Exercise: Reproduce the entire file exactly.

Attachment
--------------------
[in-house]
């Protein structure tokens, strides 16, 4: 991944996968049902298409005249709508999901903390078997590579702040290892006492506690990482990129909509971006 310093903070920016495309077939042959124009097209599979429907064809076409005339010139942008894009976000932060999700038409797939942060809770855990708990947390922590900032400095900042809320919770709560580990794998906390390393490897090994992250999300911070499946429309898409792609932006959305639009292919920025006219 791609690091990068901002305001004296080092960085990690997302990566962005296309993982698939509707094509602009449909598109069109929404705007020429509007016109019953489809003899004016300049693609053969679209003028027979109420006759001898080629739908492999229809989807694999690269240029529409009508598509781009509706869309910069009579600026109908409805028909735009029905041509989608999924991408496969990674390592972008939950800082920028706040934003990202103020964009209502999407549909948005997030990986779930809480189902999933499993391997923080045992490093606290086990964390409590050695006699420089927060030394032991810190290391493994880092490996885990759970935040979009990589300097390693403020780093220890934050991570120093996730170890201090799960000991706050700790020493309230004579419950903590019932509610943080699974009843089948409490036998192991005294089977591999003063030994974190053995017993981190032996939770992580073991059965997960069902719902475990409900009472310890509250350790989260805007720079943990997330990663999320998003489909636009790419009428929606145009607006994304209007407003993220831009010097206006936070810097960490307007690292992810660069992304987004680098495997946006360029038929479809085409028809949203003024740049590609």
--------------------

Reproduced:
[in-house]
């Protein structure tokens, strides 16, 4: 991944996968049902298409005249709508999901903390078997590579702040290892006492506690990482990129909509971006 310093903070920016495309077939042959124009097209599979429907064809076409005339010139942008894009976000932060999700038409797939942060809770855990708990947390922590900032400095900042809320919770709560580990794998906390390393490897090994992250999300911070499946429309898409792609932006959305639009292919920025006219 791609690091990068901002305001004296080092960085990690997302990566962005296309993982698939509707094509602009449909598109069109929404705007020429509007016109019953489809003899004016300049693609053969679209003028027979109420006759001898080629739908492999229809989807694999690269240029529409009508598509781009509706869309910069009579600026109908409805028909735009029905041509989608999924991408496969990674390592972008939950800082920028706040934003990202103020964009209502999407549909948005997030990986779930809480189902999933499993391997923080045992490093606290086990964390409590050695006699420089927060030394032991810190290391493994880092490996885990759970935040979009990589300097390693403020780093220890934050991570120093996730170890201090799960000991706050700790020493309230004579419950903590019932509610943080699974009843089948409490036998192991005294089977591999003063030994974190053995017993981190032996939770992580073991059965997960069902719902475990409900009472310890509250350790989260805007720079943990997330990663999320998003489909636009790419009428929606145009607006994304209007407003993220831009010097206006936070810097960490307007690292992810660069992304987004680098495997946006360029038929479809085409028809949203003024740049590609």